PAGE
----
Wednesday Preview: Djokovic Wary Of Berrettini's Firepower
Roland Garros hits the business end on Wednesday when World No. 1 Novak Djokovic challenges ninth seed Matteo Berrettini and 13-time champion Rafael Nadal meets Diego Schwartzman, the 10th seed, in the quarter-finals.
Djokovic, who like Nadal is through to his 15th last-eight appearance at the Paris major, showcased his fighting qualities by coming back from two-sets-to-love down against #NextGenATP Lorenzo Musetti on Monday, but the 2016 champion may not be so fortunate with a slow start against another Italian, Matteo Berrettini, in the night session on Court Philippe-Chatrier.
The 25-year-old Berrettini, who was given a walkover in the fourth round by Roger Federer, will do well to remember how he got out-manoeuvred and out-thought in his only previous ATP Head2Head meeting against Djokovic, who won 6-2, 6-1 in just 64 minutes at the 2019 Nitto ATP Finals in London. “The most impressive thing that he did was [that] he was returning unbelievably,” said Berrettini in November 2019. “We were playing flat, fast and he was moving better than me… I was nervous, but not in a bad way.”
Back then, Berrettini had just entered the Top 10 in the FedEx ATP Rankings and although he has missed two months of this season — due to a hernia/groin injury — the Italian has bounced back with a 13-3 record, including his fourth ATP Tour title at the Belgrade Open (d. Karatsev) and a run to his first ATP Masters 1000 final at the Mutua Madrid Open (l. to Zverev).
Berrettini, who also helped Italy reach the ATP Cup final in February, has dropped one set in his three matches en route to his first Roland Garros quarter-final, striking 42 aces in seven hours of court time. Djokovic, in contrast, has played more than nine hours across four matches in Paris, having come into the major on the back of his 83rd career title, which he lifted on home soil at the Serbia Open (d. Molcan).
Djokovic, with a 23-3 record on the season that includes a ninth Australian Open crown, won’t take Berrettini lightly. On Monday, the Serbian superstar said, “[He has a] big serve, big forehand – two big weapons. He's in form. He finished the last year very strong. He started this year strong as well, beating Dominic Thiem in Australia, playing [a] really good ATP Cup. He just has so much firepower in his game. [I will] need to be at [my] best in order to have a chance to win.”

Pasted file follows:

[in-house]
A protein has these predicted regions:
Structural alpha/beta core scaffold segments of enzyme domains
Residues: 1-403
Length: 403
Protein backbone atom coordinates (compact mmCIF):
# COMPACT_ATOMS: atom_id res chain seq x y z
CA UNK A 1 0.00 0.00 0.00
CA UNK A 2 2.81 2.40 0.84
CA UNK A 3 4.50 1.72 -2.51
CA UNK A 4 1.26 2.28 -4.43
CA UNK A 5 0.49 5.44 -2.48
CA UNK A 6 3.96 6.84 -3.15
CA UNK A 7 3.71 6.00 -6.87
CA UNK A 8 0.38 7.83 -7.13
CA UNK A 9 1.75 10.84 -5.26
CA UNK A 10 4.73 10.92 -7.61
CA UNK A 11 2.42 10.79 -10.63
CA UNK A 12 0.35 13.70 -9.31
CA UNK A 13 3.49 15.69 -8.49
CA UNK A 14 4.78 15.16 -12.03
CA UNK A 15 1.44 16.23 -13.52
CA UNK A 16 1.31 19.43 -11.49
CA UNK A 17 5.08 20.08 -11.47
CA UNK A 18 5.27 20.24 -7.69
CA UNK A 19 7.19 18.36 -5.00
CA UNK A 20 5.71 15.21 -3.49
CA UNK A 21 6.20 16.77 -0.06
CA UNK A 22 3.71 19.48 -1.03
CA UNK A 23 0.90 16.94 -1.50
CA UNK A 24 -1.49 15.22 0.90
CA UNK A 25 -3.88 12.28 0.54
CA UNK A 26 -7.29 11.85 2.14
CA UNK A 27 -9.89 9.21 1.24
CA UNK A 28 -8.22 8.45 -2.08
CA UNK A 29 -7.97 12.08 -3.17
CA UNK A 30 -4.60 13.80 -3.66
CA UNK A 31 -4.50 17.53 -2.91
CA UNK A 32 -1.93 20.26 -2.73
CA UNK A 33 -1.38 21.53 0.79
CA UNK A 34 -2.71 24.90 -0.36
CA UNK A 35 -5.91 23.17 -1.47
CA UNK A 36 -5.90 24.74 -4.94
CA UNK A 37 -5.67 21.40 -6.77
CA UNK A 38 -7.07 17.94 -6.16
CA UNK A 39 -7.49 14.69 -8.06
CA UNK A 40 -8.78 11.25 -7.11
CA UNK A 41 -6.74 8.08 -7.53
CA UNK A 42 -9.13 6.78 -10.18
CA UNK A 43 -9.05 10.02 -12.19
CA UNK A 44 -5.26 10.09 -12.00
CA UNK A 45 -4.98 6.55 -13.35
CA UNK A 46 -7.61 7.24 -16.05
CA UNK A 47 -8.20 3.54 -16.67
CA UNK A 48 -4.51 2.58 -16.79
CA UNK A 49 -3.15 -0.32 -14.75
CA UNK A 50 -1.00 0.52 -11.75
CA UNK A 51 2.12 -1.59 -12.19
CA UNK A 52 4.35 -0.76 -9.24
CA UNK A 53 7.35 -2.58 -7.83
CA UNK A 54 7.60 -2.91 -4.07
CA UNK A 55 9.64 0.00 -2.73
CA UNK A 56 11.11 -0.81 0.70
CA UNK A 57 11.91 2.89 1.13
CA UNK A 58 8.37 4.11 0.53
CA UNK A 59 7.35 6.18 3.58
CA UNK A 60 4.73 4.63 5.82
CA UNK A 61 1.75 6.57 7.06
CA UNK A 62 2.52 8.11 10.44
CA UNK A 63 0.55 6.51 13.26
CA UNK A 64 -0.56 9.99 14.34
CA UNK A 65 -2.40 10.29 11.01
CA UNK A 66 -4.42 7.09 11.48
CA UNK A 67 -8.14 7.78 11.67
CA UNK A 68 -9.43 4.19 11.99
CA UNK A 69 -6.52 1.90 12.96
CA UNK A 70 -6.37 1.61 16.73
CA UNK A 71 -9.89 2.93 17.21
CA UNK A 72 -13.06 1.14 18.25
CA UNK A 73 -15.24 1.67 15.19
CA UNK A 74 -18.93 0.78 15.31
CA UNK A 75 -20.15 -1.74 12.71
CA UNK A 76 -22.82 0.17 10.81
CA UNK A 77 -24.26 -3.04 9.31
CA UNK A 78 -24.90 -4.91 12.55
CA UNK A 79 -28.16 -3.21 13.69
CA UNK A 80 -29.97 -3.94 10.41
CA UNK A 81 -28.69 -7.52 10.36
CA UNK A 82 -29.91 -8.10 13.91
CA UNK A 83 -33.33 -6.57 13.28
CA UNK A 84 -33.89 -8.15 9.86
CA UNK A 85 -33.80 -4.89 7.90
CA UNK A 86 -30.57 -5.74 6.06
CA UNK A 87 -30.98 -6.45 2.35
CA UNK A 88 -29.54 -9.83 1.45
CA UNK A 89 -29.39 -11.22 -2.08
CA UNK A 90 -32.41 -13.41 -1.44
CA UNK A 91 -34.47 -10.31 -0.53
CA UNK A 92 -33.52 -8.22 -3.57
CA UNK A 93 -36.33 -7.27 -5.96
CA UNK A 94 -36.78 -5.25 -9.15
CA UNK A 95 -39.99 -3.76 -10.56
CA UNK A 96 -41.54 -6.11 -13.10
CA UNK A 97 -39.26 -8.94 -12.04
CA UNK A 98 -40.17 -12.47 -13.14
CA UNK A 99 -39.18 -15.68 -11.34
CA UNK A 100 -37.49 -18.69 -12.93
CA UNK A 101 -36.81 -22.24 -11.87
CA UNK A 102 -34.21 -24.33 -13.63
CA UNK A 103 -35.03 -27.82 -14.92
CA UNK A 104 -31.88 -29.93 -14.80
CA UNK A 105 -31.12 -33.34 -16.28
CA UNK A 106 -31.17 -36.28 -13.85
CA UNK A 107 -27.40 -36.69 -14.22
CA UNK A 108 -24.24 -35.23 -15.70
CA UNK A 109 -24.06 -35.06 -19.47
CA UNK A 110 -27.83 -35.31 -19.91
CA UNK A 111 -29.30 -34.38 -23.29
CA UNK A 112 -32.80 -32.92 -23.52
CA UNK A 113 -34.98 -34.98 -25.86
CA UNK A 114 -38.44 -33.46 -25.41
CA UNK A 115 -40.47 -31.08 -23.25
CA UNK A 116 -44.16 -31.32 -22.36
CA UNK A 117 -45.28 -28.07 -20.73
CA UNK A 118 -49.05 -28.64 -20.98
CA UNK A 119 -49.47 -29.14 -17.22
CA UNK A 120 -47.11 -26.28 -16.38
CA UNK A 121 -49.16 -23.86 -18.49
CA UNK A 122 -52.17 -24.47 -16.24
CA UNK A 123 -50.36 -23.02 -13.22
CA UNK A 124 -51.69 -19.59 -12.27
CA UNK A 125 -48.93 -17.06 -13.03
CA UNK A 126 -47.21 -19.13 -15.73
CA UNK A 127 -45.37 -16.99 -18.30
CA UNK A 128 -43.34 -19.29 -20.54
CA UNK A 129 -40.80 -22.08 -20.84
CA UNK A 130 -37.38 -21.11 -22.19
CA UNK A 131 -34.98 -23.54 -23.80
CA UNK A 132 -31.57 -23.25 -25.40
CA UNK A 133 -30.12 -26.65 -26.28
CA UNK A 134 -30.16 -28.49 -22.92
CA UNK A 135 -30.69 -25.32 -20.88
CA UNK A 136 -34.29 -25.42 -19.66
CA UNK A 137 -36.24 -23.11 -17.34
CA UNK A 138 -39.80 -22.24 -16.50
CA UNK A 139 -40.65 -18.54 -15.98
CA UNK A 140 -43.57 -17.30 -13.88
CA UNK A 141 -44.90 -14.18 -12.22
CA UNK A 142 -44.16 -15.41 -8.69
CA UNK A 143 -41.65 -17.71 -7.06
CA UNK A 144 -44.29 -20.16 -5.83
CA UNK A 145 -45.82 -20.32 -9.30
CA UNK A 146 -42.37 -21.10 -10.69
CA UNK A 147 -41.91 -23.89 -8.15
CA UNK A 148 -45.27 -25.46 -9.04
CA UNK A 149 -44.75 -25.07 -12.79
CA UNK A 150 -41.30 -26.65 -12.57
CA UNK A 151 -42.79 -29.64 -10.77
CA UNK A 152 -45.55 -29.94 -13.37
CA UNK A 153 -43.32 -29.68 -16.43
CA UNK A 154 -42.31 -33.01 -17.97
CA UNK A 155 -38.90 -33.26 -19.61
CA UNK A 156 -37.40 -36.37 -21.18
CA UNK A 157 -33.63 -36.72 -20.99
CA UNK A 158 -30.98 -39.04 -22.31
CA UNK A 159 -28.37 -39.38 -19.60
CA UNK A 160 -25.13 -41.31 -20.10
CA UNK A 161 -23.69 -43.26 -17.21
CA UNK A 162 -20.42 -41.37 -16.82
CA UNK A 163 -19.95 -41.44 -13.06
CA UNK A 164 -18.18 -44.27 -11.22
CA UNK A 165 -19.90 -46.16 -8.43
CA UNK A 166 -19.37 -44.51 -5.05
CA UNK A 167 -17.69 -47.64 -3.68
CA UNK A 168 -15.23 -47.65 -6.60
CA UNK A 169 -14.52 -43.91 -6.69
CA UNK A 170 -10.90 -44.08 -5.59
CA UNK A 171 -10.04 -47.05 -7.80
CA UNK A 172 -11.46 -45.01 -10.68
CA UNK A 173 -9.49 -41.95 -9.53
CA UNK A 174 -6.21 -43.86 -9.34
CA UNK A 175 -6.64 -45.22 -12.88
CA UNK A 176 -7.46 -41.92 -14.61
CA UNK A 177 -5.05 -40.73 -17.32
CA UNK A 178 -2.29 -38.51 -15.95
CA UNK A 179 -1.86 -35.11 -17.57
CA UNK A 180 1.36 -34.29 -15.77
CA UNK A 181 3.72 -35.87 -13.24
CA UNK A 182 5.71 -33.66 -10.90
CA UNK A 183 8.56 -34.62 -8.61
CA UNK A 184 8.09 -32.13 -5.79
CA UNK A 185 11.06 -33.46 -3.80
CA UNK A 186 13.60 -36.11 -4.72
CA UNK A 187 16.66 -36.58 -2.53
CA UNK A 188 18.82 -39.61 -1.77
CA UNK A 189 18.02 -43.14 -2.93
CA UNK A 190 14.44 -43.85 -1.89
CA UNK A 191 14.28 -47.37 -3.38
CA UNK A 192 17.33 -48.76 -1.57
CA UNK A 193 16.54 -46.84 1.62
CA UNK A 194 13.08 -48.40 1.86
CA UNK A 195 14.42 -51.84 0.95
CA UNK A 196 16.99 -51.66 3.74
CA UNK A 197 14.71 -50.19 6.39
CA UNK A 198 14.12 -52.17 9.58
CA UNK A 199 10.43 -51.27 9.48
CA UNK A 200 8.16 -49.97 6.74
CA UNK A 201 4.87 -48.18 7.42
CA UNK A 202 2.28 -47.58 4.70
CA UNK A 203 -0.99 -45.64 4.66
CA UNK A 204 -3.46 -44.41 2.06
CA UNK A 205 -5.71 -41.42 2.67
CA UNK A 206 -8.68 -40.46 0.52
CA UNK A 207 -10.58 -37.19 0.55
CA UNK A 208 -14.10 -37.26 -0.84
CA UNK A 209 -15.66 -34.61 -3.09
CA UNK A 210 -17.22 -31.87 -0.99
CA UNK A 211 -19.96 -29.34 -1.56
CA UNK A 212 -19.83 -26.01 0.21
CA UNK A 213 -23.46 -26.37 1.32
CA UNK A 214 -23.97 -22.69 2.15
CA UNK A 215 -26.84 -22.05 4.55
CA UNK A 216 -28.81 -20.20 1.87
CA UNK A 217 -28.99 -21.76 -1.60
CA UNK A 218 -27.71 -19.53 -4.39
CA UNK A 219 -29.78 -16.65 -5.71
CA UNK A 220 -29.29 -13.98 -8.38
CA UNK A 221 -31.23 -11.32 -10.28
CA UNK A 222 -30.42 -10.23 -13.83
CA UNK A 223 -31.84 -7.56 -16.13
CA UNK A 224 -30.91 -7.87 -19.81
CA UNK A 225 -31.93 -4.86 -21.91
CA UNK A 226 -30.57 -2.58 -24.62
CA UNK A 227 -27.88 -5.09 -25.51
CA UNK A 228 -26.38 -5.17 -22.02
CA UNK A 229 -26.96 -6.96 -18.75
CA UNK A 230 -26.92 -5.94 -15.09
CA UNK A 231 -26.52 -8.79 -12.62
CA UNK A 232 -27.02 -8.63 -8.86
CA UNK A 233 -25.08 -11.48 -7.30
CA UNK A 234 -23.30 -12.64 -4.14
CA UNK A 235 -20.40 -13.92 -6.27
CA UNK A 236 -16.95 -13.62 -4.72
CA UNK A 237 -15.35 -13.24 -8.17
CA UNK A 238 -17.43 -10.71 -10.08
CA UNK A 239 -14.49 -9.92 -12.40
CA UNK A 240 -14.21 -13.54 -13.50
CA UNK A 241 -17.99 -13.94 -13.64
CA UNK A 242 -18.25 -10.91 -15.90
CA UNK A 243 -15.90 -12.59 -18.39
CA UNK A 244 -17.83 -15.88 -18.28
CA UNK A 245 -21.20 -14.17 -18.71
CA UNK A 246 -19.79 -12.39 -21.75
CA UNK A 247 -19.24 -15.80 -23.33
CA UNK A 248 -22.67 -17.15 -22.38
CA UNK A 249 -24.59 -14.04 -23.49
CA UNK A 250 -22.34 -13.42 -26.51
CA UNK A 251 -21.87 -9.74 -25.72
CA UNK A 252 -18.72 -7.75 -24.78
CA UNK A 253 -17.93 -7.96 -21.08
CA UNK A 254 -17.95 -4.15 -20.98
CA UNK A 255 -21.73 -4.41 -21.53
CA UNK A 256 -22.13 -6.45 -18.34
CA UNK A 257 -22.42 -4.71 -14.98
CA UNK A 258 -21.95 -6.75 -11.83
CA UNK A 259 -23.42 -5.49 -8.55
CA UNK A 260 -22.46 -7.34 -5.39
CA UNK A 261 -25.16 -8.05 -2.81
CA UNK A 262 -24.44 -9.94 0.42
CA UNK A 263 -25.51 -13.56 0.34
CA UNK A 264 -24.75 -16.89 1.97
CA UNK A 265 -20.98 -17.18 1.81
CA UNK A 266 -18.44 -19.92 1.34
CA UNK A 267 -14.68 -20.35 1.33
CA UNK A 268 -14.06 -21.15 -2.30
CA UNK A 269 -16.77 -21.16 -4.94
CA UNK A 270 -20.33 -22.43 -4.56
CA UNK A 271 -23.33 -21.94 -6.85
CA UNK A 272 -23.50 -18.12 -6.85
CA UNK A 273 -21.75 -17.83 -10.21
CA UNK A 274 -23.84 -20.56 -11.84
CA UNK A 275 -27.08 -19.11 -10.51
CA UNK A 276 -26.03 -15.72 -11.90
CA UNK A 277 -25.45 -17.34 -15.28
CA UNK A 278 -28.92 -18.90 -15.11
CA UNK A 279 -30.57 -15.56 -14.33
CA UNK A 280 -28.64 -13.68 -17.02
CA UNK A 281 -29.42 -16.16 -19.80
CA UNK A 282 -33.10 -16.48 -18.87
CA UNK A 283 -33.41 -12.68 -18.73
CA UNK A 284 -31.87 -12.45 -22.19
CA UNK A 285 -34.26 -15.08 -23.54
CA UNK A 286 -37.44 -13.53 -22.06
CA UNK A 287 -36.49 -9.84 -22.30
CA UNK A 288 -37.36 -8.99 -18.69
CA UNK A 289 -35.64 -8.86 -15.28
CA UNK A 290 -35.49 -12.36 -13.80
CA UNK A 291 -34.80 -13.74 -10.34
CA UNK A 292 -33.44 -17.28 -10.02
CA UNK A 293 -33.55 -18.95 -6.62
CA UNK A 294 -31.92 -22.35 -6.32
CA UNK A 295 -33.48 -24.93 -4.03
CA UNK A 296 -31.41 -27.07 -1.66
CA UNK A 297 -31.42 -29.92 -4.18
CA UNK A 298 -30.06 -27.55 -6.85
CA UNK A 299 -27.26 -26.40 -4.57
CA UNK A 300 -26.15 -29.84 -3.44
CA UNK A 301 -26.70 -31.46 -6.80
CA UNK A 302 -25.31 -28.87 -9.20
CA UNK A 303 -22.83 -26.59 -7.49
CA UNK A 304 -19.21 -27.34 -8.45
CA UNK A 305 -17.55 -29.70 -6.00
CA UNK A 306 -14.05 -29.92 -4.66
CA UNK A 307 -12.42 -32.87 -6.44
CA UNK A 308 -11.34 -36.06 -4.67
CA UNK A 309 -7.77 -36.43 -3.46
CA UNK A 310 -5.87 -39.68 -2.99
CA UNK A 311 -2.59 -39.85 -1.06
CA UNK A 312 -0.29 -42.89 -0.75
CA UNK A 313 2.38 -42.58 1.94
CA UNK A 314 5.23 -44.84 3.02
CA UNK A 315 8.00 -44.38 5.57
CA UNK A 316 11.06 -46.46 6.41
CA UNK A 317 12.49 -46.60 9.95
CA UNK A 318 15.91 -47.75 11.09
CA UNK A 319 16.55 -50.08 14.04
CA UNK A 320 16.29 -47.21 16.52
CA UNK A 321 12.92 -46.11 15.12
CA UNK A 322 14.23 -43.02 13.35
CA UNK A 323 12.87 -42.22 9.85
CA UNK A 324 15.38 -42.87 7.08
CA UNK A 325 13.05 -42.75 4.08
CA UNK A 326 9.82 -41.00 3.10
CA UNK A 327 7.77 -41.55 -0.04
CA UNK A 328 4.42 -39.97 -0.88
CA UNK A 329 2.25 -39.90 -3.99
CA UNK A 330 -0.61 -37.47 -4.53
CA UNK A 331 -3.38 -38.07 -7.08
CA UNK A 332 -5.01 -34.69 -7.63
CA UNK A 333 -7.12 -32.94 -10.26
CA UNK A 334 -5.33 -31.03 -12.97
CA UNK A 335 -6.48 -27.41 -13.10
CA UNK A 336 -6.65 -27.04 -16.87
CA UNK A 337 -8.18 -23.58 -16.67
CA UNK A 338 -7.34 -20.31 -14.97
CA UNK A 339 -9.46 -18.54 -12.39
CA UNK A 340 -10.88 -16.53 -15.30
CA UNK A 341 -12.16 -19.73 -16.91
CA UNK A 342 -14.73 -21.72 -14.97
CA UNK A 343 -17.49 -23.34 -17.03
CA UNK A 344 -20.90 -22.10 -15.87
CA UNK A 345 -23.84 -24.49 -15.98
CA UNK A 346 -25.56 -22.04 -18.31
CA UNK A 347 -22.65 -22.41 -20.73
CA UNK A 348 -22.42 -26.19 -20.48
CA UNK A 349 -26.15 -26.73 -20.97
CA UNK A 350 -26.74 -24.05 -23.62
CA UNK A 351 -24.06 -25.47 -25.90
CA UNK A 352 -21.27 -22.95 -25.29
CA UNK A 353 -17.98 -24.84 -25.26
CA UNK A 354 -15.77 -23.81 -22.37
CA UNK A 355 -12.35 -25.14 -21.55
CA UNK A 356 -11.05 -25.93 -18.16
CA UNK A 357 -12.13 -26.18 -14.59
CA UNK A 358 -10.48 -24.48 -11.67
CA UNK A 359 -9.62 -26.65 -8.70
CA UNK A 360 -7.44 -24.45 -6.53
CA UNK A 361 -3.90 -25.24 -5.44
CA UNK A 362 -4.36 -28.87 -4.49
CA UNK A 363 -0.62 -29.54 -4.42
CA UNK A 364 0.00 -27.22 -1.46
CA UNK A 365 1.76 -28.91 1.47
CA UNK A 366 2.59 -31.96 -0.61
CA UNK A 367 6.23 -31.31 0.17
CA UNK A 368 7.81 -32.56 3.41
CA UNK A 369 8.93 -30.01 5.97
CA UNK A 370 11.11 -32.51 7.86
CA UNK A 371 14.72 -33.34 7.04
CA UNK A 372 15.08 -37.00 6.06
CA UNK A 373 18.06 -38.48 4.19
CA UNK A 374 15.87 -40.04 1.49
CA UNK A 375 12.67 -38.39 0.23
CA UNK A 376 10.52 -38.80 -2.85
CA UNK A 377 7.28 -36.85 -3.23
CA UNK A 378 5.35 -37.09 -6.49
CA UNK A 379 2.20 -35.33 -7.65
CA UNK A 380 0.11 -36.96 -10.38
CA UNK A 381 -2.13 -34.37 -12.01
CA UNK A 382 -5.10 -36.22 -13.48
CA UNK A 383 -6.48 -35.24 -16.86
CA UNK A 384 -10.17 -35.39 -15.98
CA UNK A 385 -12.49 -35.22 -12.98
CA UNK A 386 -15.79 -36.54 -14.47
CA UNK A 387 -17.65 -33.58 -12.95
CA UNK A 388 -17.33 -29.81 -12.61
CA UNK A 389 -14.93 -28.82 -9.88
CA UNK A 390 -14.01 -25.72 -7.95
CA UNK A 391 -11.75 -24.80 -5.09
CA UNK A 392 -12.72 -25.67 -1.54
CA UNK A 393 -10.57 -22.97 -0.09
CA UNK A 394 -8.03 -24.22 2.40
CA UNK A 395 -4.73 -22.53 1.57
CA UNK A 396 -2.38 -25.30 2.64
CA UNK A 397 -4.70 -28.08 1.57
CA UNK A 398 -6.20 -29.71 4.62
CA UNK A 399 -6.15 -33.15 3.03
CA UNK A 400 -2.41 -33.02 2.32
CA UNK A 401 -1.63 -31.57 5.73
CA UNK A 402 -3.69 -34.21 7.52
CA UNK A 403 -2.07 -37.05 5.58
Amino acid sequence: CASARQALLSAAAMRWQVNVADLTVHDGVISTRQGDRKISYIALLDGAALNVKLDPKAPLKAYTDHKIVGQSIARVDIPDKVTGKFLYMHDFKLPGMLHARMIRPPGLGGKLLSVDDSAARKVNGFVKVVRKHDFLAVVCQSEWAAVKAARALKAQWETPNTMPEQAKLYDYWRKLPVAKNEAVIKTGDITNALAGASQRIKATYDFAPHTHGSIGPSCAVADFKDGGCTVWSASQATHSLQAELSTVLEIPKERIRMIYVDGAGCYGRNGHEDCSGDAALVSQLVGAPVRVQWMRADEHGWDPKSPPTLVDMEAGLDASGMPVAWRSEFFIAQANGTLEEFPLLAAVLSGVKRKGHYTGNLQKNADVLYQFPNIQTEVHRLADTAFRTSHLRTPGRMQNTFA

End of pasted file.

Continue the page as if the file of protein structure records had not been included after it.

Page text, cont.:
The victor will face Nadal, who has compiled an outstanding 104-2 match record since his Roland Garros debut in 2005, or last year's semi-finalist Schwartzman.
Schwartzman earned what he calls the biggest win of his career against Nadal last year at the Internazionali BNL d'Italia in Rome, but three weeks later fell to 1-10 in their ATP Head2Head series with his loss to the Spanish superstar in the French capital.
Nadal admitted last year in Paris that he had “tried to go on court with a plan, with the right determination… To win against Diego, you have to work a lot and you have to play well for such a long time.”
The 35-year-old Nadal, who has compiled a 22-3 record this year, came into the tournament with two clay crowns at the Barcelona Open Banc Sabadell (d. Tsitsipas) and in Rome (d. Djokovic).
Schwartzman has found his clay feet in Paris. He has yet to drop a set in victories over Yen-Hsun Lu, Aljaz Bedene, Philipp Kohlschreiber and Jan-Lennard Struff at Roland Garros, having come in with a 2-5 record on European clay. In March, the World No. 10 beat Francisco Cerundolo for his fourth ATP Tour title at the Argentina Open in Buenos Aires.